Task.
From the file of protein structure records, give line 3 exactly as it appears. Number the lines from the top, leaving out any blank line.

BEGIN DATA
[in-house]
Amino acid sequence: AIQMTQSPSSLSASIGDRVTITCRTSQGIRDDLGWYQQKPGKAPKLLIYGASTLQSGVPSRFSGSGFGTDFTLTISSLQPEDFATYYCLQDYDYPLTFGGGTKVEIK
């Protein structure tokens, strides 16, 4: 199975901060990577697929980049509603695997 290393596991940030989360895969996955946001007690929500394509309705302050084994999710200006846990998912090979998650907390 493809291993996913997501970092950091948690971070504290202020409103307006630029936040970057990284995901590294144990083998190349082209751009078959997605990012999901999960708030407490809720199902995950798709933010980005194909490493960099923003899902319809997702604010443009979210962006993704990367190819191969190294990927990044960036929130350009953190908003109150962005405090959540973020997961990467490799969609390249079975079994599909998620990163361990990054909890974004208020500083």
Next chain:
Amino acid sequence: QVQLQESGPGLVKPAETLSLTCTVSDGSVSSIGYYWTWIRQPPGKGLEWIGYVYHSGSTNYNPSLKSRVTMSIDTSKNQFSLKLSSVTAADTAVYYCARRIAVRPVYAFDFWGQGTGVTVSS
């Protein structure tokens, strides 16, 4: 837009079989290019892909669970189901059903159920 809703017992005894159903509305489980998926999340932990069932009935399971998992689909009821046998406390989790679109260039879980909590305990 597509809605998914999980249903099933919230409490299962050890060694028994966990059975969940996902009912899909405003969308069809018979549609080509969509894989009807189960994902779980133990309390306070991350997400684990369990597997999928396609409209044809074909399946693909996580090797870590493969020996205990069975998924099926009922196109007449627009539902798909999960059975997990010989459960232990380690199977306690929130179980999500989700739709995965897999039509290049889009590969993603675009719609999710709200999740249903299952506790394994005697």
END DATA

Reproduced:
């Protein structure tokens, strides 16, 4: 199975901060990577697929980049509603695997 290393596991940030989360895969996955946001007690929500394509309705302050084994999710200006846990998912090979998650907390 493809291993996913997501970092950091948690971070504290202020409103307006630029936040970057990284995901590294144990083998190349082209751009078959997605990012999901999960708030407490809720199902995950798709933010980005194909490493960099923003899902319809997702604010443009979210962006993704990367190819191969190294990927990044960036929130350009953190908003109150962005405090959540973020997961990467490799969609390249079975079994599909998620990163361990990054909890974004208020500083």